Grocke Darren R.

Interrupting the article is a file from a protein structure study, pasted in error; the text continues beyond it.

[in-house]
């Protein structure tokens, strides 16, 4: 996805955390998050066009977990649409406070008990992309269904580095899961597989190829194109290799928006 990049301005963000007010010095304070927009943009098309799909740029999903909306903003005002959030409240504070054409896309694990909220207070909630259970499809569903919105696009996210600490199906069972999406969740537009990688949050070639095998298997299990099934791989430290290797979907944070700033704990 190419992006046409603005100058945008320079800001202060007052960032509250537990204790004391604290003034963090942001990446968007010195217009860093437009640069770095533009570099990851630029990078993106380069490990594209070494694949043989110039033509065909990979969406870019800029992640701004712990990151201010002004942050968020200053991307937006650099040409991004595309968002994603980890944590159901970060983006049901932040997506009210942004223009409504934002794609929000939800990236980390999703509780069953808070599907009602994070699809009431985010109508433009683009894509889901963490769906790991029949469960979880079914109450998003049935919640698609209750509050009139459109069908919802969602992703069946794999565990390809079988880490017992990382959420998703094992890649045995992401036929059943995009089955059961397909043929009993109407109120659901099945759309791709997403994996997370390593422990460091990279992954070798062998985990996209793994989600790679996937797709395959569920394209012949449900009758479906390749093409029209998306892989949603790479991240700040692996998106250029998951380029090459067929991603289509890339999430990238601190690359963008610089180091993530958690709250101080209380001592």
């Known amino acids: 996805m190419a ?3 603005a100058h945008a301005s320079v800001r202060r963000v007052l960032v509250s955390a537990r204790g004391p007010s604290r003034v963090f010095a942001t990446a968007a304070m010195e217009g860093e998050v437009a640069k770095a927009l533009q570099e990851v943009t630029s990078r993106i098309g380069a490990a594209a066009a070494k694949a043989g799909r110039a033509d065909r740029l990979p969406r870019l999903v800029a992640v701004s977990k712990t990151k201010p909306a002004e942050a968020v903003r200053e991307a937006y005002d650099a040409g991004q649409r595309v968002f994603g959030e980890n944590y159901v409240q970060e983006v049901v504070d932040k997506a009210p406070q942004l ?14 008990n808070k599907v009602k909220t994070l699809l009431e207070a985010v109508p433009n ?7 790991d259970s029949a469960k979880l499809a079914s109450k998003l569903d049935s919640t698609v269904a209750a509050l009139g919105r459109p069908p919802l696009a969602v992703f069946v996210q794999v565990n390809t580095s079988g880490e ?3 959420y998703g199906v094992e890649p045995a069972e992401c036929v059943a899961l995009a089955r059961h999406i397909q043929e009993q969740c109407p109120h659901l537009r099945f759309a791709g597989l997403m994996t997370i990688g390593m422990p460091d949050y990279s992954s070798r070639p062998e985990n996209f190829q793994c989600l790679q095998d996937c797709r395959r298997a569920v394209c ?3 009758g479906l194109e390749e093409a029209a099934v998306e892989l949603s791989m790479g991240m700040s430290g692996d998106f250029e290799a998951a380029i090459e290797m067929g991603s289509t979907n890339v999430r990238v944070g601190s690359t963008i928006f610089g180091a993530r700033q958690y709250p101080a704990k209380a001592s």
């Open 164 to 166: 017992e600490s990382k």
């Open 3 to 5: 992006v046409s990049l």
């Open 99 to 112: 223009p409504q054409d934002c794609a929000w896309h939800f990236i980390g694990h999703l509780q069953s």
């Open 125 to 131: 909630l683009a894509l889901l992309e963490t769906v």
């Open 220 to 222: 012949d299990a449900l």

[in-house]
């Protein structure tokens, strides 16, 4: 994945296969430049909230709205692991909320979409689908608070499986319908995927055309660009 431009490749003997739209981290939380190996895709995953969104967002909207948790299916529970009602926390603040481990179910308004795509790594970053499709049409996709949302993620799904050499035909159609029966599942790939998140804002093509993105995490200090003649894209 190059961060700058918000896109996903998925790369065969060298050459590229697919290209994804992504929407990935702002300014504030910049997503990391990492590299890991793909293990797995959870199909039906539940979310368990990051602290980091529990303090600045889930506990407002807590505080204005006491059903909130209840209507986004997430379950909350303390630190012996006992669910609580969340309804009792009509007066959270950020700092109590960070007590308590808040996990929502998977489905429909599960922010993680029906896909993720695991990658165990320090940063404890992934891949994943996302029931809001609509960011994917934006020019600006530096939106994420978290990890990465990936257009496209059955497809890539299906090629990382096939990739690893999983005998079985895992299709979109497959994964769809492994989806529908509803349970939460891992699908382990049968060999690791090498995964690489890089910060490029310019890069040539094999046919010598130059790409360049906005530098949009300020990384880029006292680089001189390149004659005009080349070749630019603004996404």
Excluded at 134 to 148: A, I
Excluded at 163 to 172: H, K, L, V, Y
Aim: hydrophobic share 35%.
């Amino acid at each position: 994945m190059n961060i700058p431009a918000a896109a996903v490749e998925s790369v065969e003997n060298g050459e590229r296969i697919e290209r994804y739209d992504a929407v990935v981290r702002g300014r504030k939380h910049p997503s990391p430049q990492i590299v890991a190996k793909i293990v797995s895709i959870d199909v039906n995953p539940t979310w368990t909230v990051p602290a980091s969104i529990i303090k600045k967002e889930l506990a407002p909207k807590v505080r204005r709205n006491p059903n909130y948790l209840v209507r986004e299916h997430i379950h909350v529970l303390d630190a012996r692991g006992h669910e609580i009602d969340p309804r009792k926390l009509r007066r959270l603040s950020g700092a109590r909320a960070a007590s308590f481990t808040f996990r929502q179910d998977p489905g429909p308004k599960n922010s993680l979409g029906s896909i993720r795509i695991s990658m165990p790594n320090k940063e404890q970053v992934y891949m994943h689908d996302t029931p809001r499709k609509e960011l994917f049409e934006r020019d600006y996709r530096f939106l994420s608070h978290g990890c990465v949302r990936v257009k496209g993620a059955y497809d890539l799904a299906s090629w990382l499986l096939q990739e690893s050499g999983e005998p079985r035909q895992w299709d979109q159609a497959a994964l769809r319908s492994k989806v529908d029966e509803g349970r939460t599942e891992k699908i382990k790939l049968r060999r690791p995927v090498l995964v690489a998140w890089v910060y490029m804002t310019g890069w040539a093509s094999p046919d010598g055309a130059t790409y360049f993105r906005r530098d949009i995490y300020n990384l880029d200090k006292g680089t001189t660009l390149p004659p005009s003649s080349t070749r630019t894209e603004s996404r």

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PreprintOrganic geochemistry of the early Toarcian oceanic anoxic event in Hawsker Bottoms, Yorkshire, England( 2013-12) French, Katherine L. ; Sepulveda, Julio ; Trabucho-Alexandre, J. ; Grocke, Darren R. ; Summons, Roger E.A comprehensive organic geochemical investigation of the Hawsker Bottoms outcrop section in Yorkshire, England has provided new insights about environmental conditions leading into and during the Toarcian oceanic anoxic event (T-OAE; ~183 Ma). Rock-Eval and molecular analyses demonstrate that the section is uniformly within the early oil window. Hydrogen index (HI), organic petrography, polycyclic aromatic hydrocarbon (PAH) distributions, and tricyclic terpane ratios mark a shift to a lower relative abundance of terrigenous organic matter supplied to the sampling locality during the onset of the T-OAE and across a lithological transition. Unlike other ancient intervals of anoxia and extinction, biomarker indices of planktonic community structure do not display major changes or anomalous values. Depositional environment and redox indicators support a shift towards more reducing conditions in the sediment porewaters and the development of a seasonally stratified water column during the T-OAE. In addition to carotenoid biomarkers for green sulfur bacteria (GSB), we report the first occurrence of okenane, a marker of purple sulfur bacteria (PSB), in marine samples younger than ~1.64 Ga. Based on modern observations, a planktonic source of okenane’s precursor, okenone, would require extremely shallow photic zone euxinia (PZE) and a highly restricted depositional environment. However, due to coastal vertical mixing, the lack of planktonic okenone production in modern marine sulfidic environments, and building evidence of okenone production in mat-dwelling Chromatiaceae, we propose a sedimentary source of okenone as an alternative. Lastly, we report the first parallel compound-specific δ13C record in marine- and terrestrial-derived biomarkers across the T-OAE. The δ13C records of short-chain n-alkanes, acyclic isoprenoids, and long-chain n-alkanes all encode negative carbon isotope excursions (CIEs), and together, they support an injection of isotopically light carbon that impacted both the atmospheric and marine carbon reservoirs. To date, molecular δ13C records of the T-OAE display a negative CIE that is smaller in magnitude compared to the bulk organic δ13C excursion. Although multiple mechanisms could explain this observation, our molecular, petrographic, and Rock-Eval data suggest that variable mixing of terrigenous and marine organic matter is an important factor affecting the bulk organic δ13C records of the T-OAE.